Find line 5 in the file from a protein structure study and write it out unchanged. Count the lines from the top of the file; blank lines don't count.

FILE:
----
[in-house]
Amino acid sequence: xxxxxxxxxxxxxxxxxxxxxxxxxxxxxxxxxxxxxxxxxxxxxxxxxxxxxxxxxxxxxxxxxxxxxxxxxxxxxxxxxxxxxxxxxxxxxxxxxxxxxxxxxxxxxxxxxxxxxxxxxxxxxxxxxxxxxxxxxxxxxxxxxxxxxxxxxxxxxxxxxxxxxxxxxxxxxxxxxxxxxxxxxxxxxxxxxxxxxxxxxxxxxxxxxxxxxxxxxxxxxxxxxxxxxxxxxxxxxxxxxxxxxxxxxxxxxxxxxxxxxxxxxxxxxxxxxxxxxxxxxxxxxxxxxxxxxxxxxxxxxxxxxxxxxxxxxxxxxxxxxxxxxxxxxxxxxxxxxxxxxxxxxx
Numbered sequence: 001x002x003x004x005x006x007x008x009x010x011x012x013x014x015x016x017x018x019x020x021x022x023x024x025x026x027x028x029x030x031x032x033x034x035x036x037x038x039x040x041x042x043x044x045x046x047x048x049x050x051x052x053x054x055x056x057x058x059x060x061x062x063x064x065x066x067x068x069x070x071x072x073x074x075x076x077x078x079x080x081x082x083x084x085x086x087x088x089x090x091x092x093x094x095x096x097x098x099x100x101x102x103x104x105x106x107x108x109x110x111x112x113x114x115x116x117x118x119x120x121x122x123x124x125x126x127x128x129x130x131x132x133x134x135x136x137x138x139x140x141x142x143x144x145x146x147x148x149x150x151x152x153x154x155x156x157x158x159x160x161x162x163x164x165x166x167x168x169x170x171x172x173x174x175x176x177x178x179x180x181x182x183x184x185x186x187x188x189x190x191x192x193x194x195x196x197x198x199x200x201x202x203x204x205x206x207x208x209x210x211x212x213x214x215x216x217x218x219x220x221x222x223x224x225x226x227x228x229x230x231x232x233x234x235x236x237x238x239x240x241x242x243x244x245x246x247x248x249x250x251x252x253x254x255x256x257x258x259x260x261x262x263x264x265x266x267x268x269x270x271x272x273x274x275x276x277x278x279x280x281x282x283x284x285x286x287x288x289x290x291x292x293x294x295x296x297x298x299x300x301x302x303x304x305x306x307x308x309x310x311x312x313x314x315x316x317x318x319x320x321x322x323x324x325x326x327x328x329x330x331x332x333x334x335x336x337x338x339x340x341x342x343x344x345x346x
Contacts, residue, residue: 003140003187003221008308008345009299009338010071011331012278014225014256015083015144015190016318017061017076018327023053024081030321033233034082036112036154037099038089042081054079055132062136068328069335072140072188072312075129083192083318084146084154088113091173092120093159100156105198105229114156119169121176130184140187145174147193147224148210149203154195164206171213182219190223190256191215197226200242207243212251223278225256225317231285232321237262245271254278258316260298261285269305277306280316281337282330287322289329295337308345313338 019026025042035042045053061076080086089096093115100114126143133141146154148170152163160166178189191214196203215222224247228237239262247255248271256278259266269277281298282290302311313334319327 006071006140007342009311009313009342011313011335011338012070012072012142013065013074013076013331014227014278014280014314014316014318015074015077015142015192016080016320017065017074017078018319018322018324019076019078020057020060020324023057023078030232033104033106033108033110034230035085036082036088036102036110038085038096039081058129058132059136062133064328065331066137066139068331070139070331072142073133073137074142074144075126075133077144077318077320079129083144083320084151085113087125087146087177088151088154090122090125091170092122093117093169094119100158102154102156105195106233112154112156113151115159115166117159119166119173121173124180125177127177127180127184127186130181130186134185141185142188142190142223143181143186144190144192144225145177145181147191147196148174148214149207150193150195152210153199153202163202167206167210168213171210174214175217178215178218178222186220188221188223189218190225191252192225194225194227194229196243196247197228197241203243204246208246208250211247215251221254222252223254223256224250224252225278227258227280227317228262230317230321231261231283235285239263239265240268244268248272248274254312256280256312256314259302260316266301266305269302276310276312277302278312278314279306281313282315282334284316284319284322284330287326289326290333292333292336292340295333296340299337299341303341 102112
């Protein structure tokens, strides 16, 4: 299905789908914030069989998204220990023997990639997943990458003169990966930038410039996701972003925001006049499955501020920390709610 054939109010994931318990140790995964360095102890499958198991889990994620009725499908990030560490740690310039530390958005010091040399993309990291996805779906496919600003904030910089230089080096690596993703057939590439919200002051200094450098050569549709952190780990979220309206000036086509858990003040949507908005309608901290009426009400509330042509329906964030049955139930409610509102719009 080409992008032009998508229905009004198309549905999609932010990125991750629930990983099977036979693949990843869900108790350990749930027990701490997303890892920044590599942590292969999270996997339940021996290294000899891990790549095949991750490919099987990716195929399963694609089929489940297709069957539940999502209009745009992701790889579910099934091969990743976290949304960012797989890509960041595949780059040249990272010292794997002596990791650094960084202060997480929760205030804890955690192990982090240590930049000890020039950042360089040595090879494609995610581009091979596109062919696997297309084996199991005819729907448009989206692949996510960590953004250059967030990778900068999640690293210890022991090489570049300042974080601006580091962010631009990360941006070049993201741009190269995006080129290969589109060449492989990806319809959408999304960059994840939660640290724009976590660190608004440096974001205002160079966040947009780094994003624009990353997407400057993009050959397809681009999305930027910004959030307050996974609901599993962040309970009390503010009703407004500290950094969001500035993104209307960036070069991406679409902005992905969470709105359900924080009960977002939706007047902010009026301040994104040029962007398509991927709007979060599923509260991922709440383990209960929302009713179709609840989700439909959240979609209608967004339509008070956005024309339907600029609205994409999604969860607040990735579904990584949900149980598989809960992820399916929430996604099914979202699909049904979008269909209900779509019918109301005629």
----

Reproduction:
């Protein structure tokens, strides 16, 4: 299905789908914030069989998204220990023997990639997943990458003169990966930038410039996701972003925001006049499955501020920390709610 054939109010994931318990140790995964360095102890499958198991889990994620009725499908990030560490740690310039530390958005010091040399993309990291996805779906496919600003904030910089230089080096690596993703057939590439919200002051200094450098050569549709952190780990979220309206000036086509858990003040949507908005309608901290009426009400509330042509329906964030049955139930409610509102719009 080409992008032009998508229905009004198309549905999609932010990125991750629930990983099977036979693949990843869900108790350990749930027990701490997303890892920044590599942590292969999270996997339940021996290294000899891990790549095949991750490919099987990716195929399963694609089929489940297709069957539940999502209009745009992701790889579910099934091969990743976290949304960012797989890509960041595949780059040249990272010292794997002596990791650094960084202060997480929760205030804890955690192990982090240590930049000890020039950042360089040595090879494609995610581009091979596109062919696997297309084996199991005819729907448009989206692949996510960590953004250059967030990778900068999640690293210890022991090489570049300042974080601006580091962010631009990360941006070049993201741009190269995006080129290969589109060449492989990806319809959408999304960059994840939660640290724009976590660190608004440096974001205002160079966040947009780094994003624009990353997407400057993009050959397809681009999305930027910004959030307050996974609901599993962040309970009390503010009703407004500290950094969001500035993104209307960036070069991406679409902005992905969470709105359900924080009960977002939706007047902010009026301040994104040029962007398509991927709007979060599923509260991922709440383990209960929302009713179709609840989700439909959240979609209608967004339509008070956005024309339907600029609205994409999604969860607040990735579904990584949900149980598989809960992820399916929430996604099914979202699909049904979008269909209900779509019918109301005629």